Jade bonsai with moss agate mini-geode and other stone.
This plant has a gorgeous old fat trunk and an extensive root system that fills nearly the entire pot. You can’t really tell here, but this is the Crassula ovata variety with very elongated leaves, but the first pairs after the last pruning seem to have grown in as a nice diamond shape. A week before potting, I cut 4 leaves off each of the two stems. With such a strong base, the plant should react to this aggressive pruning immediately with more small, compact growth. It’s already pushing a tiny new bud from the secondary trunk.
The 3" handmade bonsai pot is from French-Canadian potter Conrad Gendron. I was attracted to the katakana-like accent marks he used, and tried to pick a plant that echoed that angular energy above the lip. The topping pebbles also followed his color scheme. Several more of his pieces are on my shelf, waiting to be filled, so stay tuned!
And yes, when I say “moss agate mini-geode”, I mean it’s really a tumbled chalcedony rock with little moss-like inclusions, and tiny crystals inside an air-gap.
VLA GIVES NEW INSIGHT INTO GALAXY CLUSTER’S SPECTACULAR “MINI-HALO”
Astronomers using the National Science Foundation’s Karl G. Jansky Very Large Array (VLA) have discovered new details that are helping them decipher the mystery of how giant radio-emitting structures are formed at the center of a cluster of galaxies.
The scientists studied a cluster of thousands of galaxies more than 250 million light-years from Earth, named the Perseus Cluster after the constellation in which it appears. Embedded within the center, the Perseus Cluster hosts a pool of superfast particles that emit radio waves, creating a radio structure known as a “mini-halo.” Mini-haloes have been found in about 30 galaxy clusters, but the halo in the Perseus Cluster is the largest known, about 1.3 million light-years in diameter, or 10 times the size of our Milky Way Galaxy.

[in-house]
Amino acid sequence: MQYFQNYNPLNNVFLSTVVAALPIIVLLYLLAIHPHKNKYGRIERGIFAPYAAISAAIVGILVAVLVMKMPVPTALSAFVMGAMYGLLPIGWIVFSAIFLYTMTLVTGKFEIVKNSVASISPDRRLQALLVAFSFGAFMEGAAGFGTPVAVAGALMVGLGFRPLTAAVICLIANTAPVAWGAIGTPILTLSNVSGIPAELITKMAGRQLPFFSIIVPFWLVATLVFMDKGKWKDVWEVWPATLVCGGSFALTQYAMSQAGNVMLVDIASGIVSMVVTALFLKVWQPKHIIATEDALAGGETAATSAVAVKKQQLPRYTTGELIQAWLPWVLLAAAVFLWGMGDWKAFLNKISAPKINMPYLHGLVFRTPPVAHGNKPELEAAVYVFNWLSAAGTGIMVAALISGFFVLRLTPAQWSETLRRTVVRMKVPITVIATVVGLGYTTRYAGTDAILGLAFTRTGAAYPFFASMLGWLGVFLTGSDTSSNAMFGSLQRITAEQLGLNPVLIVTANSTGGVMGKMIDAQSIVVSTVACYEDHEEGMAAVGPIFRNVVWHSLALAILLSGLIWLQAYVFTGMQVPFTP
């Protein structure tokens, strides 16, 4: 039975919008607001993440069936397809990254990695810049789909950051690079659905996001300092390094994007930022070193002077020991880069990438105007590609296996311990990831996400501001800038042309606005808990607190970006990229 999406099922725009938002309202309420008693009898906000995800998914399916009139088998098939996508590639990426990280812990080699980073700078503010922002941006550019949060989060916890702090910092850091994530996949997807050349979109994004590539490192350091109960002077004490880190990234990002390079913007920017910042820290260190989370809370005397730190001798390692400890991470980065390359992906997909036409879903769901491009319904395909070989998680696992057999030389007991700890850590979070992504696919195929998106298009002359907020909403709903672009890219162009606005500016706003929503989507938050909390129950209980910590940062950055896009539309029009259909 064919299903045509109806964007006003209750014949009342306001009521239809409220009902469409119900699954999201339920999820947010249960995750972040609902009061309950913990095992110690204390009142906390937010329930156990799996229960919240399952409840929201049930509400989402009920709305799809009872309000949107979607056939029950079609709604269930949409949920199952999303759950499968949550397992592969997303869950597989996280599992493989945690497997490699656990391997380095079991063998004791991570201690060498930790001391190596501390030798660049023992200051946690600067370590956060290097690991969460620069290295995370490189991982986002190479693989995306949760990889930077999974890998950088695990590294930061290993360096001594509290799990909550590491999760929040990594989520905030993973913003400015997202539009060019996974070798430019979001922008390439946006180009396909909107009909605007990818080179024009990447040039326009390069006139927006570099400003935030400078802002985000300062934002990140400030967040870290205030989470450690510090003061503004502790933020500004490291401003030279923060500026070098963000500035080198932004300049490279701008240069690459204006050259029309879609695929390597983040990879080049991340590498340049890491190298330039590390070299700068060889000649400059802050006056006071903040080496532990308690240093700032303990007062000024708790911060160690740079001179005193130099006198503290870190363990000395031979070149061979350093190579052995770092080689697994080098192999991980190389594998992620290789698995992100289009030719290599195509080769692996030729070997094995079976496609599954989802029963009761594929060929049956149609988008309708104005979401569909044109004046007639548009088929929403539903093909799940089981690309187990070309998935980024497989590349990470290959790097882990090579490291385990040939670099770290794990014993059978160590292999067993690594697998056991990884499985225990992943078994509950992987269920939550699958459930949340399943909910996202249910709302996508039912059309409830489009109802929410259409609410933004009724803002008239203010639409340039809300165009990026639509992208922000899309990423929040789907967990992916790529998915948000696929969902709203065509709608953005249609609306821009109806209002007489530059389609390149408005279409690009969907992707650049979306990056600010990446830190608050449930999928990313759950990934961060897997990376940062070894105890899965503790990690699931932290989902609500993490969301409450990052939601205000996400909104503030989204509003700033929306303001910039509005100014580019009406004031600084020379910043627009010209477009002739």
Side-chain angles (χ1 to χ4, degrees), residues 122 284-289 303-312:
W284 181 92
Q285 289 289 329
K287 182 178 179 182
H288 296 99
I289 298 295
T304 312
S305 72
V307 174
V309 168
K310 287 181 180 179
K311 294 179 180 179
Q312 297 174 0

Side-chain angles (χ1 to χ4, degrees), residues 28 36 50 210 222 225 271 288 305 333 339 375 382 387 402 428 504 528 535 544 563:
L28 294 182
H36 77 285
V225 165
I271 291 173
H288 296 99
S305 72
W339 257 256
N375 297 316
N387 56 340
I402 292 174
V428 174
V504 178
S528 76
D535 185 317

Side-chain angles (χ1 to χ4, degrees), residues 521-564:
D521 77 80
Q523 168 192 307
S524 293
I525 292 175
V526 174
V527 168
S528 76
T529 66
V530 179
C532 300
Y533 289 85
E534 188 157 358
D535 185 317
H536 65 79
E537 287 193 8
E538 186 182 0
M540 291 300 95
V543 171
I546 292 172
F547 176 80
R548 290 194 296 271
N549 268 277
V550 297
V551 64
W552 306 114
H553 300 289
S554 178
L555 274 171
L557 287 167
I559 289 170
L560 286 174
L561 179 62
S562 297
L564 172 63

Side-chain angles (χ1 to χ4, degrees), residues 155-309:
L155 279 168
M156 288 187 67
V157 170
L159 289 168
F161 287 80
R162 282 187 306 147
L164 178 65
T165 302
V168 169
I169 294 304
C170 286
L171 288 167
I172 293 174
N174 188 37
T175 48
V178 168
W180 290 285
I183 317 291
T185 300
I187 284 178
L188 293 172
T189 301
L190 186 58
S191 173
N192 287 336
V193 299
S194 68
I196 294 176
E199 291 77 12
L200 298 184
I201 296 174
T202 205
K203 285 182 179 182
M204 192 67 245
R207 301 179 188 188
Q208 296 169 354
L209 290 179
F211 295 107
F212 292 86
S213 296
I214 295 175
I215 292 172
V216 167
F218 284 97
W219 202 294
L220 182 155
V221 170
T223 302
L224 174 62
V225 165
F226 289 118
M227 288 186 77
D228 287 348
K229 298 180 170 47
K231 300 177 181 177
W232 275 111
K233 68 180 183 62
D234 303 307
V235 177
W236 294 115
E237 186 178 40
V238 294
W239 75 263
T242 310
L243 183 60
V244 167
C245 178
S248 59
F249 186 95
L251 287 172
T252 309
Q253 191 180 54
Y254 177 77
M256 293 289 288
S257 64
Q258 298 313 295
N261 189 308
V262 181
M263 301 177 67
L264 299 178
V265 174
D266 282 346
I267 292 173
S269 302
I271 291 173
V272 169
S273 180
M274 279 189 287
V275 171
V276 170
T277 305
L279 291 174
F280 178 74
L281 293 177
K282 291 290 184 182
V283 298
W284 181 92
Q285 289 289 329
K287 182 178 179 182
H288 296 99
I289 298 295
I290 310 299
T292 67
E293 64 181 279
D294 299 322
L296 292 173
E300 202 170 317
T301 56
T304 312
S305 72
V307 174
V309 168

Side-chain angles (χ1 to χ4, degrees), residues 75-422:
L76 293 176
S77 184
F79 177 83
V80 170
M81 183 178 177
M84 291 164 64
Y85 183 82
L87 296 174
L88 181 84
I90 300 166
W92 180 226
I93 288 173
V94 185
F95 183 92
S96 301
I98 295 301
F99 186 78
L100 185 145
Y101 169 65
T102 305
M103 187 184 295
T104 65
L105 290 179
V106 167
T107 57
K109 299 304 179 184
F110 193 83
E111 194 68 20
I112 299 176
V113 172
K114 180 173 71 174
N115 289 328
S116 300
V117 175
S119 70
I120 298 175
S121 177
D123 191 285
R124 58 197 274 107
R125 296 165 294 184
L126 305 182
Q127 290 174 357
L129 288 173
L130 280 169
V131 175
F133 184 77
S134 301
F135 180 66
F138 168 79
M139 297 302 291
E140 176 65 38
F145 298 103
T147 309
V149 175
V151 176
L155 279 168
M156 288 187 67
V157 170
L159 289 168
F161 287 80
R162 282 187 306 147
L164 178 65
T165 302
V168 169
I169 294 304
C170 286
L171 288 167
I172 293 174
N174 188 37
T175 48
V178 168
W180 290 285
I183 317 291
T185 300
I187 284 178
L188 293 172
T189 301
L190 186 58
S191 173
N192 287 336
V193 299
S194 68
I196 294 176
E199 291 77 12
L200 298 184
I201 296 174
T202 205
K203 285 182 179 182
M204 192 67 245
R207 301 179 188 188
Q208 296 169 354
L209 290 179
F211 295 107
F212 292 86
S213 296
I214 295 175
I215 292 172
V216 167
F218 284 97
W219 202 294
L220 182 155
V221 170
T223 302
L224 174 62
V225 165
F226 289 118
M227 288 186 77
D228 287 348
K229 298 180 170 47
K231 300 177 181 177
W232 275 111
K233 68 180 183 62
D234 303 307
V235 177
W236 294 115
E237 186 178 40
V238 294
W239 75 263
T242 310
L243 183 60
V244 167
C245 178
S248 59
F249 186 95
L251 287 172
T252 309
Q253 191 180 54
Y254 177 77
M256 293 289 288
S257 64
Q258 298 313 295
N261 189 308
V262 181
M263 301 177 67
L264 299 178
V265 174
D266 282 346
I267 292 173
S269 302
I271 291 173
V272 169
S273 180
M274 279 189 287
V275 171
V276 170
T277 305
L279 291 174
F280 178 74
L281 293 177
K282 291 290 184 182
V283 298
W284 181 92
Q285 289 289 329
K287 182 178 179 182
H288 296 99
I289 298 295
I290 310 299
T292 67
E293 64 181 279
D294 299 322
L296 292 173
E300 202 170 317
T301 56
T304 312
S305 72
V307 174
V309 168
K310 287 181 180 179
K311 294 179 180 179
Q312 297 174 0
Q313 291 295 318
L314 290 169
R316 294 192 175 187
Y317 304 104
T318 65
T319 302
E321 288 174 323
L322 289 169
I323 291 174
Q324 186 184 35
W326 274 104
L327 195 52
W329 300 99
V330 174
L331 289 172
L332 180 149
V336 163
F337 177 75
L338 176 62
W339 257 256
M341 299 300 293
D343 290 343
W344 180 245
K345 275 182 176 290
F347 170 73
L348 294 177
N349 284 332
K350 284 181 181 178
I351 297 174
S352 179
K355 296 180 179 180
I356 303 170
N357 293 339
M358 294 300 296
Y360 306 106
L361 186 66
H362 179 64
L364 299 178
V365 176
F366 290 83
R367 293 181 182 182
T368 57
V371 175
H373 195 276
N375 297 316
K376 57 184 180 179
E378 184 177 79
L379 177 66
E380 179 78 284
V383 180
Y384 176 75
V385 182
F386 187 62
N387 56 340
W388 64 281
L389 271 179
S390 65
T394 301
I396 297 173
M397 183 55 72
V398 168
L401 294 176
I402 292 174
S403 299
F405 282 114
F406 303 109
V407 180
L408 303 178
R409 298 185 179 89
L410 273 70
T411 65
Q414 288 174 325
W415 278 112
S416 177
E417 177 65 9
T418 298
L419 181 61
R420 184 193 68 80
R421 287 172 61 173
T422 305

The sizes of the mini-haloes have presented a puzzle to astronomers. As the particles travel away from the cluster’s center, they should slow down and stop emitting radio waves long before they reach the distances observed, according to theory.
“At large distances from the central galaxy, we don’t expect to be able to see these haloes,” said Marie-Lou Gendron-Marsolais, of the University of Montreal. “However, we do see them and we want to know why,” she added.
The astronomers took advantage of the upgraded capabilities of the VLA to make new images of the Perseus Cluster that were both more sensitive to fainter radio emissions and provided higher resolution than previous radio observations.
“The new VLA images provided an unprecedented view of the mini-halo by revealing a multitude of new structures within it,” said Julie Hlavacek-Larrondo, also of the University of Montreal. “These structures tell us that the origin of the radio emission is not as simple as we thought,” she said.
The new details indicate that the halo’s radio emission is caused by complex mechanisms that vary throughout the cluster. As theorized before, some radio emission is caused by particles being reaccelerated when small groups of galaxies collide with the cluster and give the particles a gravitational shove. In addition, however, the scientists now think that the radio emission is also caused by the powerful jets of particles generated by the supermassive black hole at the core of the central galaxy that give an extra “kick” of energy to the particles.
“This would help explain the rich variety of complex structures that we see,” Gendron-Marsolais said.
“The high-quality images that the upgraded VLA can produce will be key to helping us gain new insights into these mini-haloes in our quest to understand their origin,” Hlavacek-Larrondo said. The VLA, built during the 1970s, was equipped with all-new electronics to bring it up to the technological state of the art by a decade-long project completed in 2012.
IMAGE….VLA image of radio-emitting mini-halo in the Perseus Cluster of galaxies. Radio emission in red; optical in white.
Credit: Gendron-Marsolais et al.; NRAO/AUI/NSF; NASA; SDSS.